A Positive Safety Story

A Positive Safety Story

Had a great response to yesterdays post: Isn’t Safety Supposed to be a Positive Thing?. This one is from Daniel Kirk:

Positive safety story for you.

Some time ago now the Construction company I was part of won a tender for the earthworks associated with a new underground mine. Part of the preliminaries was the project risk assessment, from this the EPCM were to write the project SOP.

Despite the stories about who is meant to participate in these, in the past they had generally been written by the safety people and possibly a couple of supervisors. On this occasion, we decided to do something different and use a full cross section of the workforce which ended up being 20 people. These guys were all experienced in their trade and were conversant with basic risk assessment i.e. JHA/Take 5 but this was the first time they had done a project assessment. We booked a room at the local Tafe and went to it.

My role was to facilitate and record the risk assessment, prior to starting we did a quick review of how the process works and set the ground rules for consensus i.e. discuss robustly but in the end majority rule when it comes to risk levels. The crew knew each other reasonably well having worked as a team on a previous project.

To say the least, the early work was tedious and painful, the more junior guys were looking to myself and their supervisors for guidance as this was the way things had been always done. After the second day I could see we needed to change tack, so over a beer with the Supervision, we came up with a plan to get the others involved, basically we decided to drag the others into the conversation by asking them for their opinions before giving any of ours.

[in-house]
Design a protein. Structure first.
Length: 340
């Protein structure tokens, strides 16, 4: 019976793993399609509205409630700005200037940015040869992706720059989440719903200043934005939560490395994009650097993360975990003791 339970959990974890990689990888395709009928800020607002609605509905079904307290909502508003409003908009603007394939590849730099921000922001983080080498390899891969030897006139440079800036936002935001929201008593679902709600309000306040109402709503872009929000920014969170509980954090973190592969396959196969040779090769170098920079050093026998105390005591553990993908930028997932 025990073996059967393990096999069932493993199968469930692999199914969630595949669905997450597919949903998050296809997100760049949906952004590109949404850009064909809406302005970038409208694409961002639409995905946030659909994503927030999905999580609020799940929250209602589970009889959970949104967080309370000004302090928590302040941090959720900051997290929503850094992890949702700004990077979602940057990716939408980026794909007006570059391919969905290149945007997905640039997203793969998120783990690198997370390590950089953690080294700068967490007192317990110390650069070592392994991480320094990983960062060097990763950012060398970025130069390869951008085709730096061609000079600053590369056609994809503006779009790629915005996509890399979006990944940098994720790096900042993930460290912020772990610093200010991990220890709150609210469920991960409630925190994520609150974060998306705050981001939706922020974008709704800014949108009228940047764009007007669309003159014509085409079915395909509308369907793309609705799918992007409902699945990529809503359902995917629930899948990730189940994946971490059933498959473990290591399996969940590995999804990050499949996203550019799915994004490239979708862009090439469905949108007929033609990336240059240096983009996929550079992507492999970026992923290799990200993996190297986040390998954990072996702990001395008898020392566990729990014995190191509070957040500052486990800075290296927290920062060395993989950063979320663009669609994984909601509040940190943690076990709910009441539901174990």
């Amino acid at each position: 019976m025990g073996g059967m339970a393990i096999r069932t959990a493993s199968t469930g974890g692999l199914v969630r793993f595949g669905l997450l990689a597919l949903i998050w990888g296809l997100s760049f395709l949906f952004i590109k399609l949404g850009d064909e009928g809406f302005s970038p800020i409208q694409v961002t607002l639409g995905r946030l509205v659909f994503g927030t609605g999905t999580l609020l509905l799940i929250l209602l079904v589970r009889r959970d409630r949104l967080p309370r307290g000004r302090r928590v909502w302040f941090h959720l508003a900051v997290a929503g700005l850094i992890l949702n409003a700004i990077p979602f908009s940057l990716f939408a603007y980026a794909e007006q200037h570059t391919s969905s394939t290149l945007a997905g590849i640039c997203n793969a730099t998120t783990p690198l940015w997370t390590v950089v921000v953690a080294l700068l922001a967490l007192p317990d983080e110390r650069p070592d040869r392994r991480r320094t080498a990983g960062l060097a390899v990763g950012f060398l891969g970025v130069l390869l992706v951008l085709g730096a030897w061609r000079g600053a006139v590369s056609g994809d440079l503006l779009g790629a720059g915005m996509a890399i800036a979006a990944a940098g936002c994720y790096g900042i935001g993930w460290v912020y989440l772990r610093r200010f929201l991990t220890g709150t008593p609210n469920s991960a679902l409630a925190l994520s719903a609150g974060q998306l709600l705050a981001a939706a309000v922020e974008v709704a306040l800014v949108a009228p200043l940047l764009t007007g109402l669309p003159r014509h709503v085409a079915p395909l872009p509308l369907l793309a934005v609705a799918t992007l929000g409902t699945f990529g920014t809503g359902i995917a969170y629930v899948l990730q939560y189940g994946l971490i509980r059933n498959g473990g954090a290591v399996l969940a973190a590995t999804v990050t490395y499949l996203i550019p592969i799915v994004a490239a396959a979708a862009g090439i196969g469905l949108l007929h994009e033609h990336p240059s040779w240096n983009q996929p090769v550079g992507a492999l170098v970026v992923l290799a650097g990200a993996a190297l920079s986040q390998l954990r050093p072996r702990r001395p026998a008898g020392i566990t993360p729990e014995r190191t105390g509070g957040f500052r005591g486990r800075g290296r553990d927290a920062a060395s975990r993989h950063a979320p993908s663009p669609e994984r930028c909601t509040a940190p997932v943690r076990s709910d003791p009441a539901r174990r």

It took a while but eventually the guys came out of their shell and realise that in this forum, their opinion was as valid as anyone else’s no matter who they were. There were a number of really positive outcomes from this:

1. The risk assessment we came up with was great and stood up really well for the life of the project

2. The positive two way communication and rapport that developed between all of us in that exercise transferred to the project, a lot of issues were solved in the paddock by just “having a conversation, listening to each other and solving the issue themselves”.

3. A lot of the senior people involved in the exercise, including myself learned a valuable lesson in conversation, listening skills, respecting the views of others and communicating with the workforce.

4. I thought I was reasonably knowledgeable about what we did as a group but after listening to these guys, I learned a hell of a lot more about what they did and vice versa.

Daniel Kirk

Daniel Kirk

Daniel Kirk

Daniel Kirk

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Daniel Kirk
I have involved in Safety for around 25 years in various capacities from Safety Trainee to HSET Manager. I have a Diploma in OHS, Cert iv in Training and Assessment as well as other qualifications. The major part of my career has been in heavy construction including Rail, Roads, Bridging, Earthworks, Gas Infrastructure including Gas Fired Power Stations, Mining Infrastructure, State and Local Government Roles and Indigenous Housing Projects. My roles have mainly taken me to Western Australia, The Northern Territory and Queensland. I have been a Volunteer Firefighter for around 30 years with the Queensland Fire and Emergency Services, however, the FIFO lifestyle and age have curtailed these activities in recent times.

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